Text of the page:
Can We Still Pray at Government Meetings?
January 15, 2013
Dear Social Conservative Review readers:
On January 7, the director of FRC's Center for Religious Liberty, Ken Klukowski, filed a compelling brief with the U.S. Supreme Court concerning efforts to prevent prayer at the beginning of government meetings (whether they be municipal, county, state, or federal).
Signed by 49 Members of Congress, including the chairman of the House Judiciary Committee, the document makes a convincing argument that prayers before government meetings are constitutional and a matter of religious liberty for all Americans. You can read the brief in its entirety here.
FRC filed the brief on behalf of the Members to support the Alliance Defending Freedom's petition to the U.S. Supreme Court in the case Town of Greece v. Galloway. In Galloway, the U.S. Court of Appeals for the Second Circuit ruled that the use of public prayer before town meetings in the town of Greece, New York was an unconstitutional violation of the First Amendment.
The Second Circuit Court maintained that a prayer is unconstitutional if it contains frequent Christian references or if those saying the prayer say "we" when offering it. Also, the Second Circuit Court ruled that government-meeting prayers are unconstitutional if too few prayers in a given venue are offered by non-Christians. Ironically, this was despite the town of Greece's highly inclusive policy that allowed even practicing Wiccans and atheists to offer civic prayers.
In the brief, Klukowski argues:
Since its creation, the United States House of Representatives has begun its daily sessions with prayer. Both chambers of the First Congress passed resolutions to hire a salaried chaplain, whose foremost duty is to open each session with a formal invocation seeking the blessing of God on the people's elected Representatives as those leaders discharge their official duties ... These (congressional signatories) regard legislative prayer as important for policymaking bodies, both to solemnize official occasions and to seek God's blessing, wisdom, and guidance in making consequential decisions. Each Member also represents municipalities, school districts, and counties--not unlike Petitioner Town of Greece--and part of a sovereign State, each of which is governed by a body that practices legislative prayer at the outset of its meetings and sessions.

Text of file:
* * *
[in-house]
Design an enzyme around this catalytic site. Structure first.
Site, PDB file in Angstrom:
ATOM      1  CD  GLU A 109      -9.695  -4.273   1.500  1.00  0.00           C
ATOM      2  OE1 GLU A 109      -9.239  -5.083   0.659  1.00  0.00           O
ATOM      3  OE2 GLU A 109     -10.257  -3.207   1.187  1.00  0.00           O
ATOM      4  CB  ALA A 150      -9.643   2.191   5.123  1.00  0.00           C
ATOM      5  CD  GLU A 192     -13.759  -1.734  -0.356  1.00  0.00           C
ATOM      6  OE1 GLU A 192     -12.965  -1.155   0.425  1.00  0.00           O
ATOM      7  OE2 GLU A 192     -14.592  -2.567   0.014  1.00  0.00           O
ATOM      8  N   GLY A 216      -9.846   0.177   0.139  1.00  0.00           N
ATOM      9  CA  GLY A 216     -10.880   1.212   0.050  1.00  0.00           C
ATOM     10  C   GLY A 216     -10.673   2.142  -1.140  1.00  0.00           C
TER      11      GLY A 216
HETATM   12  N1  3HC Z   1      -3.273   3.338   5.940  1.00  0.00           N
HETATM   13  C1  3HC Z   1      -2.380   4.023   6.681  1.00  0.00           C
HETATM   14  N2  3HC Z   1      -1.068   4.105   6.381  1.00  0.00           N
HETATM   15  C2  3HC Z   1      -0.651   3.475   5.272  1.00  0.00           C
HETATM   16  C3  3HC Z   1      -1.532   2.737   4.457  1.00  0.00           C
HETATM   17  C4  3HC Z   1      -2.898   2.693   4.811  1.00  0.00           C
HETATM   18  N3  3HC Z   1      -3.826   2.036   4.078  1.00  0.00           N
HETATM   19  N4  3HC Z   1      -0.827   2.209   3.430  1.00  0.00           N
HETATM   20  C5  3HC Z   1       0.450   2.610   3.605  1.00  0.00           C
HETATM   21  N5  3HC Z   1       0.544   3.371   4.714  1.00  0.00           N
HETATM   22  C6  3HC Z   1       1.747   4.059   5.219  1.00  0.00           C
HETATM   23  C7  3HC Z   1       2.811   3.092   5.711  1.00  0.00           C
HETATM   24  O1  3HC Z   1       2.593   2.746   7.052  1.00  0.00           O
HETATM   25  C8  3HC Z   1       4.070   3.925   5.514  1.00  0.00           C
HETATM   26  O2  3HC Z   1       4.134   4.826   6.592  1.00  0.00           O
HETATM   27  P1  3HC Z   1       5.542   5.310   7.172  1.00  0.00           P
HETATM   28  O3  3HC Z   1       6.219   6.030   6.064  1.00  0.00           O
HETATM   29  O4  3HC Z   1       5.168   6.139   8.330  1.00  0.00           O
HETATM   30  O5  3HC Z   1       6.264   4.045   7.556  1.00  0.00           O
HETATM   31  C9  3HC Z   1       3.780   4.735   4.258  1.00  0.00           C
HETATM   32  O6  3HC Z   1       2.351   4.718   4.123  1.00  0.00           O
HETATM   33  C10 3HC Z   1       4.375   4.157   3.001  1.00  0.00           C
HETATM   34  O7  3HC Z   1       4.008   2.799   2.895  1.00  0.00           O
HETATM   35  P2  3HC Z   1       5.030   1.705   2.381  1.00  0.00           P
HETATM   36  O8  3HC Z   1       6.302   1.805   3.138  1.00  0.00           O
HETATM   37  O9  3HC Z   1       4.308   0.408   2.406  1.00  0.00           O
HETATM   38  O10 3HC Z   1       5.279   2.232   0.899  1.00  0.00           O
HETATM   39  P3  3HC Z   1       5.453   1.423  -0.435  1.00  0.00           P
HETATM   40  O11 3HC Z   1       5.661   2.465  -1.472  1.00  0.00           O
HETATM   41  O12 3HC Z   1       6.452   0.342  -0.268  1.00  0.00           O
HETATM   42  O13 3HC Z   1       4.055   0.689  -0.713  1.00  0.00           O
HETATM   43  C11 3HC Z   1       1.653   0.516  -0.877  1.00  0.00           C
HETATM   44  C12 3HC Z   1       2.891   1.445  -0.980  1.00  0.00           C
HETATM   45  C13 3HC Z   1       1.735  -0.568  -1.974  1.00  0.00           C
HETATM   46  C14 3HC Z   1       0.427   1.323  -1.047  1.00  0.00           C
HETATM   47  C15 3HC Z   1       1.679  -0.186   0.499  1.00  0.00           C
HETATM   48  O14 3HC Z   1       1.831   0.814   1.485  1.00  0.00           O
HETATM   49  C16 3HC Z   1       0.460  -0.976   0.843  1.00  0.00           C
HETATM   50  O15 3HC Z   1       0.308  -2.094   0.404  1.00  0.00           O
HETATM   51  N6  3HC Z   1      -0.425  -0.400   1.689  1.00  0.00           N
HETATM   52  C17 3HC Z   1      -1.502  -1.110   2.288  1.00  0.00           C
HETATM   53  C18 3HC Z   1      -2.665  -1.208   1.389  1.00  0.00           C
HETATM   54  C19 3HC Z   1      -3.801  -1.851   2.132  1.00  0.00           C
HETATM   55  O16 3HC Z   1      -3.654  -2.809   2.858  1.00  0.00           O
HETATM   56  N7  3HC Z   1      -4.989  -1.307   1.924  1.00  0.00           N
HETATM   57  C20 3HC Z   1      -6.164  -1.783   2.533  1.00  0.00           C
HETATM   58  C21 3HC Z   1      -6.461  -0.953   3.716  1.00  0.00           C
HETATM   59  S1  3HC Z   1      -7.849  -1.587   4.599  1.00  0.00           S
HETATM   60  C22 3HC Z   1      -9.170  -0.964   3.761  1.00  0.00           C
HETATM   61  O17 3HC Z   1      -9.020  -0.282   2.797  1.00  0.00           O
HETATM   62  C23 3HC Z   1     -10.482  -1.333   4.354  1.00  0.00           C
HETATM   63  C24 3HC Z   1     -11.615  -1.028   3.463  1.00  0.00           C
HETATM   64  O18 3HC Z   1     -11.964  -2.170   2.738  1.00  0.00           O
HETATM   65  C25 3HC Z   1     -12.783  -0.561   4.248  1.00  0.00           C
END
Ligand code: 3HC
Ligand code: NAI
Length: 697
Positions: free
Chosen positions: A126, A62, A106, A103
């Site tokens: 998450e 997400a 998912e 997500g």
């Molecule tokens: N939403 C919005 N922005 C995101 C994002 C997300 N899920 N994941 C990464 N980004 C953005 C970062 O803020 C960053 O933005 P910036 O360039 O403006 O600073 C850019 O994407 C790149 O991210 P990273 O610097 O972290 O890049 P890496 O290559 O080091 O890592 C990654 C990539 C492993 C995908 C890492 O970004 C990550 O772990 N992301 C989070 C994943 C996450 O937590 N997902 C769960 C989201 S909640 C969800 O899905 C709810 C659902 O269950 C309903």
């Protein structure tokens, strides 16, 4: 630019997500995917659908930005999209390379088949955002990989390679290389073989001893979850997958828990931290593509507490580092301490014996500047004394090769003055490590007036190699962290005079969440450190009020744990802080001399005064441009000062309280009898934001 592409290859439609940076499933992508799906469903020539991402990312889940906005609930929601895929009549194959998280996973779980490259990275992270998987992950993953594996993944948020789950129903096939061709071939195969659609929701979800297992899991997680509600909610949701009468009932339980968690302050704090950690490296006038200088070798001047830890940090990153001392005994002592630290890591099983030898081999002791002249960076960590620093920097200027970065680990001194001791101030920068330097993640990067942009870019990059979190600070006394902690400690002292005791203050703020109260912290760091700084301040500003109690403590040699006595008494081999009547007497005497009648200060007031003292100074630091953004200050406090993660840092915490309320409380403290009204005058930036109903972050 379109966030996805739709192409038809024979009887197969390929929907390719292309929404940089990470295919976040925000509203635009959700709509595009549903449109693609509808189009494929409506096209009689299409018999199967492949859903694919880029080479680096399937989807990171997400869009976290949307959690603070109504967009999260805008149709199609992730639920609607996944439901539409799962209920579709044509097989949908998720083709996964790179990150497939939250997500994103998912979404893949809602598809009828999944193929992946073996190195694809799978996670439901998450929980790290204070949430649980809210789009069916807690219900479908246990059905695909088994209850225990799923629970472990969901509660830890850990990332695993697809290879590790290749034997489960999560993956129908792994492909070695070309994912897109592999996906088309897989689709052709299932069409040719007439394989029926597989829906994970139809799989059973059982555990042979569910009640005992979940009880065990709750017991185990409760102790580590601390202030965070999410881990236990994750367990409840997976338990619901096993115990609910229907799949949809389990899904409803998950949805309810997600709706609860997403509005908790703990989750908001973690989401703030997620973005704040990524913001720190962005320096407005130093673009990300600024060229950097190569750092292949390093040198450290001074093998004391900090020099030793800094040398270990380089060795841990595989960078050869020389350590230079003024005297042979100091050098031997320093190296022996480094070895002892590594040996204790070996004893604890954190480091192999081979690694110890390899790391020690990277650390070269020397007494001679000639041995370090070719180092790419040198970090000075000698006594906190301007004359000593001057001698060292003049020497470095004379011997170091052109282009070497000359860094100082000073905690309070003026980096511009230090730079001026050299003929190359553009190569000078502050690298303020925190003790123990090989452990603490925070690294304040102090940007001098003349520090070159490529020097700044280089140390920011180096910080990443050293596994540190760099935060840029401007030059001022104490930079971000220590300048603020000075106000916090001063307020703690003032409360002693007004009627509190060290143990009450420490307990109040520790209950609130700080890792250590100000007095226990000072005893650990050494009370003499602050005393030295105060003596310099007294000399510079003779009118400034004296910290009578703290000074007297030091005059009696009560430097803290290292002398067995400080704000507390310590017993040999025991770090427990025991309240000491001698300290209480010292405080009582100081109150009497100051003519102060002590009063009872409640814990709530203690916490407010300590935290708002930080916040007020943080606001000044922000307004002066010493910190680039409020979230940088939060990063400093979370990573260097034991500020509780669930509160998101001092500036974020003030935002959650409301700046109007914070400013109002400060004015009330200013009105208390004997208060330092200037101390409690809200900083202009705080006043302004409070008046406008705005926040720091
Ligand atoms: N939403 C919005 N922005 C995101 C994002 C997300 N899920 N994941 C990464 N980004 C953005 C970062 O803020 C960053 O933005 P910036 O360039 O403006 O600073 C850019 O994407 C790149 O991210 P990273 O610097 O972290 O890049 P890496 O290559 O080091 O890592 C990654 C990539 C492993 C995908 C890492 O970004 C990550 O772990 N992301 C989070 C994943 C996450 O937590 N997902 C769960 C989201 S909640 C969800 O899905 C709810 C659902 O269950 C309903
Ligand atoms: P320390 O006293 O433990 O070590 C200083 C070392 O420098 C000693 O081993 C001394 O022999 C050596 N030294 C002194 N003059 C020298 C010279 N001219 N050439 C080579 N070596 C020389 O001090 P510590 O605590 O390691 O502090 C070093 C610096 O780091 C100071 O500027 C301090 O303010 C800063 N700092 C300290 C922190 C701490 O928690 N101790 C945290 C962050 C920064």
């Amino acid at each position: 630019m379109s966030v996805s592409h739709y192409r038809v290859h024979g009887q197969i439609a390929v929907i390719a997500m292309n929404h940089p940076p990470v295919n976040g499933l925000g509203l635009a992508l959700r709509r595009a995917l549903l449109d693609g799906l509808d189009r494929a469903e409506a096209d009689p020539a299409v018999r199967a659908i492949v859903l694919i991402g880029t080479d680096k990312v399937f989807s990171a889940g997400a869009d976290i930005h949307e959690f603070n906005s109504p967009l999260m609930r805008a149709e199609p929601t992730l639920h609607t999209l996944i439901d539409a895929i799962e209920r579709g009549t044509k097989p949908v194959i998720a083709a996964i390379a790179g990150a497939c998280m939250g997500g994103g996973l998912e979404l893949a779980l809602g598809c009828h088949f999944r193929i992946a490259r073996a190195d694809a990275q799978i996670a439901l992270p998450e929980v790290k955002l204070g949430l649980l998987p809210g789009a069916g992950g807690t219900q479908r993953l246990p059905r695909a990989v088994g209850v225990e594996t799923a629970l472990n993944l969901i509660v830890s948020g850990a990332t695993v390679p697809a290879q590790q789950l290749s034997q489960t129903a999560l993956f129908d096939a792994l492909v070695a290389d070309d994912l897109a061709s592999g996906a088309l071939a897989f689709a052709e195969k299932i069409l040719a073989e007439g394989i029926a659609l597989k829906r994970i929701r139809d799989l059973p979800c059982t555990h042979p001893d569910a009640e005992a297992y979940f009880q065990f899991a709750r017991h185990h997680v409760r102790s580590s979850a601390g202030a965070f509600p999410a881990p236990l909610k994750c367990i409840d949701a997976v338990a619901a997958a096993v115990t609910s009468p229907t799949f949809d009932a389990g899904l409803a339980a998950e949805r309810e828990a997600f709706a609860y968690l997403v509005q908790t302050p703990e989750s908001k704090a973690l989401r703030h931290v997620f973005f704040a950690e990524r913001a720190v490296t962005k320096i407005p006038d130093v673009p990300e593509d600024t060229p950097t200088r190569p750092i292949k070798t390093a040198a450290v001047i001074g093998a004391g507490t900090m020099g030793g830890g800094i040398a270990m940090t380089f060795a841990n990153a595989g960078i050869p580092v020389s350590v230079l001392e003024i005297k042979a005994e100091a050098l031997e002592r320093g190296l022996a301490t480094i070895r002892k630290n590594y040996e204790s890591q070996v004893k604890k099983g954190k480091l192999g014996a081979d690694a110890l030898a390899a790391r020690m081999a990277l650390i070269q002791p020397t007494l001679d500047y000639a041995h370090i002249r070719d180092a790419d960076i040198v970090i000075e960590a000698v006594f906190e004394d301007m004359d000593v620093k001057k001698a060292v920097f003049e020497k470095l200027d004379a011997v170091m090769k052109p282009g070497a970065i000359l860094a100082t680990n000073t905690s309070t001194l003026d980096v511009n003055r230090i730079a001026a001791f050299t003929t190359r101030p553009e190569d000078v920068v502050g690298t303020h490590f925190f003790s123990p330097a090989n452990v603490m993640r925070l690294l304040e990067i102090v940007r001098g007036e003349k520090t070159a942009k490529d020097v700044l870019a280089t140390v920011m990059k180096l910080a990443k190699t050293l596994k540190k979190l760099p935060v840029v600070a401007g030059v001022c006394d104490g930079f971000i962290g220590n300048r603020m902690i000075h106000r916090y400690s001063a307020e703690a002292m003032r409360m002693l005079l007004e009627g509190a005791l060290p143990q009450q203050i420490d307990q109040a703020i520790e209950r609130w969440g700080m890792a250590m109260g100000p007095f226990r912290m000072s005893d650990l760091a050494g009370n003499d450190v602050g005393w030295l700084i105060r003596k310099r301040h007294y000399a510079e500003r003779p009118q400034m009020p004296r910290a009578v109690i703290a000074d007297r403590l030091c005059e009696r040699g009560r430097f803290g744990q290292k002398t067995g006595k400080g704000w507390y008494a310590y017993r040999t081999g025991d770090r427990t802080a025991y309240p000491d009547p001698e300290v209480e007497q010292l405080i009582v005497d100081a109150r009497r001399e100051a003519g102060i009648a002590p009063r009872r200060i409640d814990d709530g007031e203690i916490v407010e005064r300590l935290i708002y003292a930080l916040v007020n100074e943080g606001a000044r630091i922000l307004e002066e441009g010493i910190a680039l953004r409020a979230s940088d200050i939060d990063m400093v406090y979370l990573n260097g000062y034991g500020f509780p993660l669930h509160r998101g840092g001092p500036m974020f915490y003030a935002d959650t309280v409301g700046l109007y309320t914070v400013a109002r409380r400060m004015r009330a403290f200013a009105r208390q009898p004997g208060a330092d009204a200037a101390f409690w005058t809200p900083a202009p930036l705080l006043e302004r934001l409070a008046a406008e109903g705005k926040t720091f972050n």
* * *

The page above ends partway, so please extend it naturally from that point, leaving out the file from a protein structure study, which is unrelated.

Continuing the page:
FRC President Tony Perkins, noting the importance of the case, said:
The Founders understood that religion is good for society, and defended "the free exercise thereof." Family Research Council is honored that 49 Members of Congress, including the chairman of the House Judiciary Committee, have chosen FRC to present their arguments to the nation's highest Court. We hope the Supreme Court will reject the freedom-threatening Second Circuit opinion in this case, and reverse it.
FRC's friends at the Alliance Defending Freedom have compiled a list of all relevant briefs, including FRC's and that of a group of distinguished theologians.
As we go forward advancing our cherished religious liberty in this effort, we ask for your prayers, both for wisdom for us and for a sound outcome from the nation's senior jurists.
Family Research Council